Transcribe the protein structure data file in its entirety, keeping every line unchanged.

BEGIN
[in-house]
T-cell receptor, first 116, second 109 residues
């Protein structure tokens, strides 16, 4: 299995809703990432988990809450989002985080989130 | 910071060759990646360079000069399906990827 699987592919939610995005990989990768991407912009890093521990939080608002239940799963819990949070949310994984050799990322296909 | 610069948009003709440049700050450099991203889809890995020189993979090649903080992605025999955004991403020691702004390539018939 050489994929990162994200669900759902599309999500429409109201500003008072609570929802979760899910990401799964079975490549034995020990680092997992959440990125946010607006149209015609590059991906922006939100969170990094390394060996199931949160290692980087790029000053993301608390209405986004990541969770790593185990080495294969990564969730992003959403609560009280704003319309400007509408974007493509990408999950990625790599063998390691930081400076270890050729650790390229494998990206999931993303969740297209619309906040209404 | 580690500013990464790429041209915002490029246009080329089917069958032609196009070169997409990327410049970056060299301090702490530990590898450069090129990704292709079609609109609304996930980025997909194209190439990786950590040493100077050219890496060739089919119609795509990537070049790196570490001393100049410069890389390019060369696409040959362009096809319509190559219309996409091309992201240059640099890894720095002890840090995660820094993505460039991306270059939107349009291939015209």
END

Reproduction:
[in-house]
T-cell receptor, first 116, second 109 residues
């Protein structure tokens, strides 16, 4: 299995809703990432988990809450989002985080989130 | 910071060759990646360079000069399906990827 699987592919939610995005990989990768991407912009890093521990939080608002239940799963819990949070949310994984050799990322296909 | 610069948009003709440049700050450099991203889809890995020189993979090649903080992605025999955004991403020691702004390539018939 050489994929990162994200669900759902599309999500429409109201500003008072609570929802979760899910990401799964079975490549034995020990680092997992959440990125946010607006149209015609590059991906922006939100969170990094390394060996199931949160290692980087790029000053993301608390209405986004990541969770790593185990080495294969990564969730992003959403609560009280704003319309400007509408974007493509990408999950990625790599063998390691930081400076270890050729650790390229494998990206999931993303969740297209619309906040209404 | 580690500013990464790429041209915002490029246009080329089917069958032609196009070169997409990327410049970056060299301090702490530990590898450069090129990704292709079609609109609304996930980025997909194209190439990786950590040493100077050219890496060739089919119609795509990537070049790196570490001393100049410069890389390019060369696409040959362009096809319509190559219309996409091309992201240059640099890894720095002890840090995660820094993505460039991306270059939107349009291939015209």